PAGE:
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In partnership with its agency, AMV BBDO, Doritos ran the competition over one day as a promoted trend on Twitter and introduced new songs throughout the day to keep content fresh, keeping the trend evolving and allow repeat entry.
The tunes were well-known party tracks played with a Mexican Mariachi spin. By participating, consumers were entered for a chance to win Doritos Easter party packs to encourage additional engagement.
Using Vine meant that consumers got a six-second clip of the band playing a tune. The videos also looped so that the tune repeated automatically and users had to click to hear sound as the default mode on Vine is mute, so they were opting in to engage.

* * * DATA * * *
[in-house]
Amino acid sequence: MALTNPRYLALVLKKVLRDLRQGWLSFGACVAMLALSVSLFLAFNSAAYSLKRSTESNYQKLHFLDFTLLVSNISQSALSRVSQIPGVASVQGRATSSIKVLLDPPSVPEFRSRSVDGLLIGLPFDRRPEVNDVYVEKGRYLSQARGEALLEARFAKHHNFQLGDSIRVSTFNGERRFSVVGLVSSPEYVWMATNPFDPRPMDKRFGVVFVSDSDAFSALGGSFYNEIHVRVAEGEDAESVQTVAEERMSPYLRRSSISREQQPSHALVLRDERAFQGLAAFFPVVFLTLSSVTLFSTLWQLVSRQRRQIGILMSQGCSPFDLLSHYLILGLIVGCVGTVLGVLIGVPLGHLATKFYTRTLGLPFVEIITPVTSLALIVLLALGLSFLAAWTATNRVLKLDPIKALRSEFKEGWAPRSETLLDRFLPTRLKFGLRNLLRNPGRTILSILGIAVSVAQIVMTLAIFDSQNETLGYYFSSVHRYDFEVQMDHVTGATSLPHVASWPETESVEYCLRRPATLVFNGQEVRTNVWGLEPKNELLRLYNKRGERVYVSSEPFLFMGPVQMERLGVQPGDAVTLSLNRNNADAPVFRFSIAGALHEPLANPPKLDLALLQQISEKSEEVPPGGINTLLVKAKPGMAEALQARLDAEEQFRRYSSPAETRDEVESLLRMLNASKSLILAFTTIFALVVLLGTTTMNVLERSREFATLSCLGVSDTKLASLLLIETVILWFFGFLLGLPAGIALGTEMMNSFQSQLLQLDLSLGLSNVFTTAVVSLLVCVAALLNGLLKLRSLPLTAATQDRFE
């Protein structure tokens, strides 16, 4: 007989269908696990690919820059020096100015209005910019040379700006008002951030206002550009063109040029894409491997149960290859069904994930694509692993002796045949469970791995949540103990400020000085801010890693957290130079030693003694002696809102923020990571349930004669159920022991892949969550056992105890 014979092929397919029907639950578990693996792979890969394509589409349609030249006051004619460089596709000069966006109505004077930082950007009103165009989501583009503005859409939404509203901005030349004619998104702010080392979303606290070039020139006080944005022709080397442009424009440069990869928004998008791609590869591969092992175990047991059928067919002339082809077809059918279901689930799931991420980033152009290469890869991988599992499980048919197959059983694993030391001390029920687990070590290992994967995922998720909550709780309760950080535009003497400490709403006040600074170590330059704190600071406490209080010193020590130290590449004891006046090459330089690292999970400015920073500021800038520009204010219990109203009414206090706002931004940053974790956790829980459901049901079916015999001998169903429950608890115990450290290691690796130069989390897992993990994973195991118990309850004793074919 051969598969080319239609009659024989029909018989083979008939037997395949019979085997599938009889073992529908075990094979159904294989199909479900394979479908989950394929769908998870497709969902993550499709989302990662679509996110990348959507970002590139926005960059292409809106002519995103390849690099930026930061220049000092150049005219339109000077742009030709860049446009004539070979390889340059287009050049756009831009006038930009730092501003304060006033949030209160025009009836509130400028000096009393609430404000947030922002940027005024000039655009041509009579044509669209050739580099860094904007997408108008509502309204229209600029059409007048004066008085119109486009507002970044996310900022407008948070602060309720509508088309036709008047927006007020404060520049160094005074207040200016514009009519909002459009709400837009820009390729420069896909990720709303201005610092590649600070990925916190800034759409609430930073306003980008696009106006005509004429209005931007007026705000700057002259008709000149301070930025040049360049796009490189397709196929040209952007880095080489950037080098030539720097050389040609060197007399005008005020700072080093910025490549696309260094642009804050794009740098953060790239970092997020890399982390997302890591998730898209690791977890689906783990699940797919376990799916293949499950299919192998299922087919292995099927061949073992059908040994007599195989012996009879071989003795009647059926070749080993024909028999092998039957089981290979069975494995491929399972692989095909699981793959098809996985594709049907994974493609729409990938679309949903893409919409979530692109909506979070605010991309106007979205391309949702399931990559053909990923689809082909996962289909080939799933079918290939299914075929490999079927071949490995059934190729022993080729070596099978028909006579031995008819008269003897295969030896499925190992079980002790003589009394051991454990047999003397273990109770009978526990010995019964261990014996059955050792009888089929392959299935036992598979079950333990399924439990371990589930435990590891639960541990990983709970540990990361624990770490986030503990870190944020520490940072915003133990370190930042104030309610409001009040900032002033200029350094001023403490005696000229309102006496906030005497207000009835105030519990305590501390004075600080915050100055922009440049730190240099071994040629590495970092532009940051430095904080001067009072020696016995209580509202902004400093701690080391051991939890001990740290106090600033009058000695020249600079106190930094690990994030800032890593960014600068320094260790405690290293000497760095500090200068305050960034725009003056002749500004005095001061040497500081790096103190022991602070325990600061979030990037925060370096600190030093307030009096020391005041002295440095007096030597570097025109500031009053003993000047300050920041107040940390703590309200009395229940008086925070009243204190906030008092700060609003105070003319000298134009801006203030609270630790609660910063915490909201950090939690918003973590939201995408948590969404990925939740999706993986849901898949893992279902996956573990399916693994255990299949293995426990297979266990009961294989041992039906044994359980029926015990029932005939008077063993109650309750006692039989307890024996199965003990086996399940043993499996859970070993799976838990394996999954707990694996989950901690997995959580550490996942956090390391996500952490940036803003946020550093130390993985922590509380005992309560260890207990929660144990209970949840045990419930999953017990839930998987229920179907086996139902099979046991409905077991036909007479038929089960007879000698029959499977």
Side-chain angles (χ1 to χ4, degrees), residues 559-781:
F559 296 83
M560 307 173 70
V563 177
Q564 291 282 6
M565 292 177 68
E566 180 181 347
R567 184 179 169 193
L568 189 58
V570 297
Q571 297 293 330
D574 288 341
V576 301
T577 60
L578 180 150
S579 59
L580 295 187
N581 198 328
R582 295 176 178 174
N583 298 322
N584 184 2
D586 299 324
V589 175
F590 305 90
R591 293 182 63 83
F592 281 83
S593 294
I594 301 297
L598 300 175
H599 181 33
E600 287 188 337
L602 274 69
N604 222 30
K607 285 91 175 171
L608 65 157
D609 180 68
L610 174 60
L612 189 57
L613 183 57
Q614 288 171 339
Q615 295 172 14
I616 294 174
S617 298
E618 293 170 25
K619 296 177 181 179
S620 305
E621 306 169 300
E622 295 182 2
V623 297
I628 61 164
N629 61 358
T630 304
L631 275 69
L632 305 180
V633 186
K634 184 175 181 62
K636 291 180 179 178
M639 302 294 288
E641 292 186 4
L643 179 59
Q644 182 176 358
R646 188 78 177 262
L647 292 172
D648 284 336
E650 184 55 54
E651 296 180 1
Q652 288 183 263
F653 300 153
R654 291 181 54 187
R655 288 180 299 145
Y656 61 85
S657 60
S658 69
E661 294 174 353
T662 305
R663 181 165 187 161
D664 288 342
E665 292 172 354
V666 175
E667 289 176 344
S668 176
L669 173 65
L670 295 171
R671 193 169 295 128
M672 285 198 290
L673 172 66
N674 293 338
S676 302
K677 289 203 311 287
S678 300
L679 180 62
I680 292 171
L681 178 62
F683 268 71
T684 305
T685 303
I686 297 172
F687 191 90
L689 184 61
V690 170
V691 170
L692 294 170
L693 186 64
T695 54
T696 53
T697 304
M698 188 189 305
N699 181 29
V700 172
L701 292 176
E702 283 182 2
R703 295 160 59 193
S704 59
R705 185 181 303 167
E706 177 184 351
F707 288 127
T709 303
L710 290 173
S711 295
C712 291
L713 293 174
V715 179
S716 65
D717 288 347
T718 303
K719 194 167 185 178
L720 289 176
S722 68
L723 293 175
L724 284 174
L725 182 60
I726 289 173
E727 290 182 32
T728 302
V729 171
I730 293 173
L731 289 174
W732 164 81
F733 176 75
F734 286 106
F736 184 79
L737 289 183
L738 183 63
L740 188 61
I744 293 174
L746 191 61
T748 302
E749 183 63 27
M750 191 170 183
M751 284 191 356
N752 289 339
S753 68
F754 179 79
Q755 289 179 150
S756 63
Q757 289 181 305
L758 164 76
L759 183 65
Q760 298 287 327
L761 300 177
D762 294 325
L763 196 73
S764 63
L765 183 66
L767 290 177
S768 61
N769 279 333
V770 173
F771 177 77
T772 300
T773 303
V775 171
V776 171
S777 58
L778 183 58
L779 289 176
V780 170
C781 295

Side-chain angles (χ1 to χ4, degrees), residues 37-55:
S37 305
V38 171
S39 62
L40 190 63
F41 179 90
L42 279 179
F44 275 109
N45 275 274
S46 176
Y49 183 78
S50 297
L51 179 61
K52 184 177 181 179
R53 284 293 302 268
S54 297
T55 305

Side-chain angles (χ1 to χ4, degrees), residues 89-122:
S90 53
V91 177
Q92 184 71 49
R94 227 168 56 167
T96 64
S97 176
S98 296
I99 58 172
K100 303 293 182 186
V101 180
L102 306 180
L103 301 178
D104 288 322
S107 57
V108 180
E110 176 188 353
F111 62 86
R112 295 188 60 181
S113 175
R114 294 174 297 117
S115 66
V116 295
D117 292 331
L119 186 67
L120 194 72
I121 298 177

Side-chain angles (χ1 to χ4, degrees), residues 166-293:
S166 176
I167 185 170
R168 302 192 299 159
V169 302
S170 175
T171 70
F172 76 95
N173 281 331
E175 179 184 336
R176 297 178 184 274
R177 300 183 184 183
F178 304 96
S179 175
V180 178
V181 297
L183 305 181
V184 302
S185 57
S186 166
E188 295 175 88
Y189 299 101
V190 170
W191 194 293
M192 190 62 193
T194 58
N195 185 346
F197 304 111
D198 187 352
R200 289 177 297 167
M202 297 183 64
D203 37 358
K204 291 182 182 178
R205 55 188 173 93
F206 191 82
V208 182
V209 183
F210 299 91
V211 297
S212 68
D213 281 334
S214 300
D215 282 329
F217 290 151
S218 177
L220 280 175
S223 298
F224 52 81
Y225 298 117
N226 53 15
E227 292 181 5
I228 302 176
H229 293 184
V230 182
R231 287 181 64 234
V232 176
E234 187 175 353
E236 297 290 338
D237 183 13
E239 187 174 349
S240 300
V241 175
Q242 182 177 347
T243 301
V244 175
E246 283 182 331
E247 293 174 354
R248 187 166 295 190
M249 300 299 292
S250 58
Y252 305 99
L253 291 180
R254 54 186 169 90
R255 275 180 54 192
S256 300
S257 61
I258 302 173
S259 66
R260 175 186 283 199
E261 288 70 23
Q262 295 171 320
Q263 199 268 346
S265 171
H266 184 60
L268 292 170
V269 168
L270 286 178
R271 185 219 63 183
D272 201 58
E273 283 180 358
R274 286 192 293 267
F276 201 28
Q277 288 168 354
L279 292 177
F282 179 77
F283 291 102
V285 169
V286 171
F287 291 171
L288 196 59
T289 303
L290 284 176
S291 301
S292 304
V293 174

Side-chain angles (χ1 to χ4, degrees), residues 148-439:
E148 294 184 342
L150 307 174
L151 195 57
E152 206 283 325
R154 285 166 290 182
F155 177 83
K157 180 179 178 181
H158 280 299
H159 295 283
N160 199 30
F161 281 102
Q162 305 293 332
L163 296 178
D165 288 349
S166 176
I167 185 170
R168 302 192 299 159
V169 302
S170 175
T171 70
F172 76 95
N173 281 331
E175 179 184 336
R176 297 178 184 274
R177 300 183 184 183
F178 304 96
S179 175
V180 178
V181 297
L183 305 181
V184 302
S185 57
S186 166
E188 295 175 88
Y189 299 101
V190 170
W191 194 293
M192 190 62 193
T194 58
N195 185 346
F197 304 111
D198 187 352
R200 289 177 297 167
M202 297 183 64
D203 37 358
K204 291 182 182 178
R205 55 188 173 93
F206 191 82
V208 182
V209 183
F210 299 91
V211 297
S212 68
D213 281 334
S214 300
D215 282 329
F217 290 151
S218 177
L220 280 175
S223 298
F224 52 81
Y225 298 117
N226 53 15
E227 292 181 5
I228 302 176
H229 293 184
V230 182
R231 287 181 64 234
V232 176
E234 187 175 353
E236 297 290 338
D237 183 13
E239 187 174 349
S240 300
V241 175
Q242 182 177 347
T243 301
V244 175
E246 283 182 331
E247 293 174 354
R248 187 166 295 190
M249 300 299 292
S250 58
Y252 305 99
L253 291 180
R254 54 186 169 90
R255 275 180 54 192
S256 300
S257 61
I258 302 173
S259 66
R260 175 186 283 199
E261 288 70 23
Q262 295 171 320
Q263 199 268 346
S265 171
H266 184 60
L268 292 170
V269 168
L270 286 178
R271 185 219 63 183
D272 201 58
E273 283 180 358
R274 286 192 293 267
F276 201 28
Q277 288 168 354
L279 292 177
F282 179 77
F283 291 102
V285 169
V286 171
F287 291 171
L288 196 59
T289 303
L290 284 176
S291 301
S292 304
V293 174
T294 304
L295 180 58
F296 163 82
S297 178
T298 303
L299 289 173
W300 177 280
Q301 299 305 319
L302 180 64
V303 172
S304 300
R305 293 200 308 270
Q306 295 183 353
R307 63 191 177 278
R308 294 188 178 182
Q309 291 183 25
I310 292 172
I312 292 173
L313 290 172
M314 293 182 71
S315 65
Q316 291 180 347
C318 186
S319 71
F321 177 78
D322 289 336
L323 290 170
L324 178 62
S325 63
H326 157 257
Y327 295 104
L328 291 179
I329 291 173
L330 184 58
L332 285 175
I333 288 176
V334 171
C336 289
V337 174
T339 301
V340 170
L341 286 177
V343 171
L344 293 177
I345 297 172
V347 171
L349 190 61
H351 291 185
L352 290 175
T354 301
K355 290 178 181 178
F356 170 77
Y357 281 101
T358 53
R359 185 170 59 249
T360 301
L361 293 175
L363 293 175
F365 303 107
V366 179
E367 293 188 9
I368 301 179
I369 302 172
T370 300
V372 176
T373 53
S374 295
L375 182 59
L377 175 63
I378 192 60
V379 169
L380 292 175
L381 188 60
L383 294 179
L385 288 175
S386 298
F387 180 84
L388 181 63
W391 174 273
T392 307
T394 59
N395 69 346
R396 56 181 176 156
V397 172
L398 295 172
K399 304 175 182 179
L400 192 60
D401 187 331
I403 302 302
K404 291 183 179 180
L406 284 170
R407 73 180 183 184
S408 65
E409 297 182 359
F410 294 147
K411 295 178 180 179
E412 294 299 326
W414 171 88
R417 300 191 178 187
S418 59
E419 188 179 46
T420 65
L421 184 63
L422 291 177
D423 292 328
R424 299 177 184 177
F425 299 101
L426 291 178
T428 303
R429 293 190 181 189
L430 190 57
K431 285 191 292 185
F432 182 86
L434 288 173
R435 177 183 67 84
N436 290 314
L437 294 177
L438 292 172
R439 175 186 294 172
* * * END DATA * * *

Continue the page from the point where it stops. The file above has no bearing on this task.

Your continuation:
Taylor Jenkins, brand manager at Doritos UK, says: “We wanted to try something cutting edge, something that can be instantly engaging and we thought that this platform was great. By using a promoted trend in Twitter it also allowed us to get mass awareness and we thought it was the perfect platform to leverage the Mariachi Doritos.”
Social activity for Doritos is based around key moments of the year and Easter is the third biggest category spike in the crisps and snacks market. The Vine video achieved an engagement rate of 22.7 per cent, the normal benchmark rate being between 11 and 15 per cent, and had 27.3 million impressions in 24 hours compared to the normal 9.5 million benchmark.
Also, 1.14 million people saw the promoted ’trending topic’ on Twitter and the brand’s value sales of Doritos sharing bags grew in the month of Easter by 20 per cent.
Jenkins adds: “It’s been a great case study for us to leverage in the future. As we plan for Christmas campaigns I think social engagement across the Twitter and Vine platforms could be a massive asset to us. There are no further plans that are nailed down but its definitely a possibility.”